Who needs behemoth Barnes & Noble chains when you have hundreds of charming individual bookstores scattered around the city. These stores range greatly from traditional Spanish stores with antique maps and grungy vintage treasures, to colorful, contemporary shopfronts that feature raging feminist literature. Here are some of the hottest bookstores in the center of Madrid right now.
The white stucco walls and exposed wooden ceiling creates an instant, homey atmosphere as book-lovers stumble in at any time of the day (of course not including siesta hours of 3:00-5:00). This bookstore/bar/coffee shop is located in the popular Malasaña neighborhood, an easy turn off one of the main, local shopping streets Calle de Fuencarral. The full name is “Tipos Infames: Libros y Vinos” (The Infamous Types/Guys: Books and Wine”. You can come here on a late evening and sip a glass of Rioja while browsing the large selection of mostly Spanish narrative literature. The three owners, all friends, embrace the challenge of redefining traditional bookstores by offering frequent expositions, series of author editorials and by creating a welcoming and dynamic space for the community to enjoy.
“Nos gusta el vino y pensamos que marida con la literatura, ven a comprobarlo.” — We like wine and think that it marries well with literature, come try it!
Desperate Lit. is a small international business with stores in Brooklyn, Madrid and Santorini. This tiny, hole in the wall shop is tucked into a side street near the Opera metro. When you step past the door surrounded by green plants and mystery gift packs, you’ll come across an antique megaphone, a large oriental red rug, and an old wooden guitar sitting in the corner, just waiting to be played. They have a relatively small, yet classic, collection of English, Spanish and French books, seemingly focused on smaller name poets and sci-fi authors. The business is interested in recycling literature, so they offer to buy and trade second-hand books that are in good condition.
Steps away from one of the busiest metro stops, Callao, and across the street from a favorite Chocolatería Valor is a bookstore called LA Central. The shop includes a fancy (yet a bit pricey on a students’ budget) bistro and cocktail bar, hipster posters, touristy Madrid paraphernalia, and a library mainly comprising of philosophy, history, language and social sciences. The sleek walls holds thousands and thousands of books in several different languages. And the wooden staircase connects three different floors and up to a pretty glass ceiling, so you can enjoy reading in natural light. The store is always full of people, and holds book nights, comedy shows, and forums for new authors to exhibit and explain new works.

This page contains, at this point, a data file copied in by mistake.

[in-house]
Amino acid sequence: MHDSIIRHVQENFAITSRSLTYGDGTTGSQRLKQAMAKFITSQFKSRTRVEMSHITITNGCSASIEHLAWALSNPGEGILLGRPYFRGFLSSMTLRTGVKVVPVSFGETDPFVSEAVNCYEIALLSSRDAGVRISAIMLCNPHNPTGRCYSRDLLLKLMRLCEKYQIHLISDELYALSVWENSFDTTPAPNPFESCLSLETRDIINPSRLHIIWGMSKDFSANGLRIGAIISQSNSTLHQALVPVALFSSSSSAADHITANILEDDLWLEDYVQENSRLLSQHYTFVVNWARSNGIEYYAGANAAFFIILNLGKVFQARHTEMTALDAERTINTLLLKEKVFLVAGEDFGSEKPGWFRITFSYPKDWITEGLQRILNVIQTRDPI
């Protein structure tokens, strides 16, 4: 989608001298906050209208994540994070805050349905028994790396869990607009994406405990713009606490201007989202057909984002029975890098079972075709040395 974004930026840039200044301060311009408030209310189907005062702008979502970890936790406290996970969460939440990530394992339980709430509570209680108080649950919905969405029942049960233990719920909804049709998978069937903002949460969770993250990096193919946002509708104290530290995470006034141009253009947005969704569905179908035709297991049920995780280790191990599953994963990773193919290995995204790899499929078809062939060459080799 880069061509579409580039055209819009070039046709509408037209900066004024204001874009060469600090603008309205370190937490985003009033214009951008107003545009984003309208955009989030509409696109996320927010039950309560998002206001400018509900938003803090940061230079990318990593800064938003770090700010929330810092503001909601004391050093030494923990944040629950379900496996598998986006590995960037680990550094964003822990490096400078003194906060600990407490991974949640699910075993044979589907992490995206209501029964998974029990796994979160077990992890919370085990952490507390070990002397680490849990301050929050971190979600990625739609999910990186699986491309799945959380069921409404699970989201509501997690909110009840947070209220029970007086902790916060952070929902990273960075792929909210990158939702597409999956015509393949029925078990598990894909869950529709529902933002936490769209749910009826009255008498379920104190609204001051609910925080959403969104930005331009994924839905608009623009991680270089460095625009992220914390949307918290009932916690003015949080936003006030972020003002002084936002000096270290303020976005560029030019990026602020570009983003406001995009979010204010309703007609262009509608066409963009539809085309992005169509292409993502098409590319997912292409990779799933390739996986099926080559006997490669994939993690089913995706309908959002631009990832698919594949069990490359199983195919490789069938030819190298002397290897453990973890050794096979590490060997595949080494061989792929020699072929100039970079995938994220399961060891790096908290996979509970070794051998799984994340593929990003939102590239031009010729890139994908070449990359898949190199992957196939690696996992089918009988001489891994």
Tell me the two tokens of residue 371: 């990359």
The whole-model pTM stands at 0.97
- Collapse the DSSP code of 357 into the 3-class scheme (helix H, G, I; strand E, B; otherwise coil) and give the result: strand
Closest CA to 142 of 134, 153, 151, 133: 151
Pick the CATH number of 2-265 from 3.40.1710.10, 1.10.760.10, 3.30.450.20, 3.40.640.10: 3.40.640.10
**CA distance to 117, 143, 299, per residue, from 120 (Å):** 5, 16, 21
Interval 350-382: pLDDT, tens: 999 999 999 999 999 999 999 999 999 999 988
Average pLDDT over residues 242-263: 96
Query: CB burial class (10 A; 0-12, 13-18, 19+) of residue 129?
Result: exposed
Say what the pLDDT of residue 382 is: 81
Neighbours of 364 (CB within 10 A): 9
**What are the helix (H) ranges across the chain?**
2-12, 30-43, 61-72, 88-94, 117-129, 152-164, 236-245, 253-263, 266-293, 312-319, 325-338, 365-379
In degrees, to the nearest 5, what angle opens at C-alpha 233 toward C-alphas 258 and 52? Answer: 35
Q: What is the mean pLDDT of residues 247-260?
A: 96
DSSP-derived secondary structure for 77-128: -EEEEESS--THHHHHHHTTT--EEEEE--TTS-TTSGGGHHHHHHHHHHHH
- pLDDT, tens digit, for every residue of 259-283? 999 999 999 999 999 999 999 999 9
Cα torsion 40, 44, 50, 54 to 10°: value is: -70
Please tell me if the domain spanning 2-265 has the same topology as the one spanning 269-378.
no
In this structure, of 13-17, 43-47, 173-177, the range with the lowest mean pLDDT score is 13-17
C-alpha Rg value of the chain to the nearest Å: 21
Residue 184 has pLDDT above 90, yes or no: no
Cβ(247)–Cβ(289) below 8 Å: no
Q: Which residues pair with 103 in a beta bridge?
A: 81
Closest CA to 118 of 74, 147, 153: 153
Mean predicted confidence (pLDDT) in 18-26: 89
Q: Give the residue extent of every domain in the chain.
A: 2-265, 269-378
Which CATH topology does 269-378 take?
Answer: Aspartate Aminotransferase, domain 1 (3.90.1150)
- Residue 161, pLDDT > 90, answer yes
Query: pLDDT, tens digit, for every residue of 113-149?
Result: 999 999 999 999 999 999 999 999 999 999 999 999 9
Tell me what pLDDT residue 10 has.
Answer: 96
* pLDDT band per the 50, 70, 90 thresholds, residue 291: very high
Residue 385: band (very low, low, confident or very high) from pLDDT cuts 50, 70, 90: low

Traficante de Sueños
In the heart of La Latina is this pleasant find, a bookstore that focuses on providing a progressive attitude toward the power of literacy. It is not only store, but an open community that offers a number of presentations, debates and workshops. The store targets a younger generation and encourages political discussion by selling mostly non-fiction books about history, social justice and humanitarian movements. They believe in “el libro como herramienta de intervención” – (the book as a tool of intervention). While I have only stopped here a few times and never bought anything, I respect the mission and think that like-minded entrepreneurs should be inspired to launch similar stores in other cities to touch educated, youths and inspire a well-read environment regarding modern social and political issues.
Other spots worth mentioning:
Librería Mujeres: Feminist literature and slam poetry near Plaza Mayor
Molar: Graphic novels and Spanish Records in La Latina
J&J’s Books: Expat community with a large selection of English books (and a brunch spot with bagels!) in Malasaña
Along with all of these quirky little shops, Madrid also has some outdoor book stands that are open in good weather. You can find old vintage postcards, maps and random second-hand books at the small wooden stand called La Librería de San Ginés, which is built on the side of the stone cathedral wall. On the southern side of Retiro park you can find small blue stands with canvas tops that sell all types of books. They bring out carts onto the street. I have seen books from some of my favorite Latin American authors, Jorge Luis Borges and Julio Cortázar, being sold here. With the right amount of browsing, I am certain that both of these outdoor shops have many treasures yet to be discovered!
These few favorites don’t even scratch the surface of all of the reading options available in the city. Overall, it seems that Madrid tend to cultivate an appreciation for art and literature and people enjoy supporting small, local businesses in order to preserve diversity and a genuine love for reading. Hopefully, this post has inspired you to go grab a book! …Or to buy a plane ticket to Madrid! Either one is fine by me.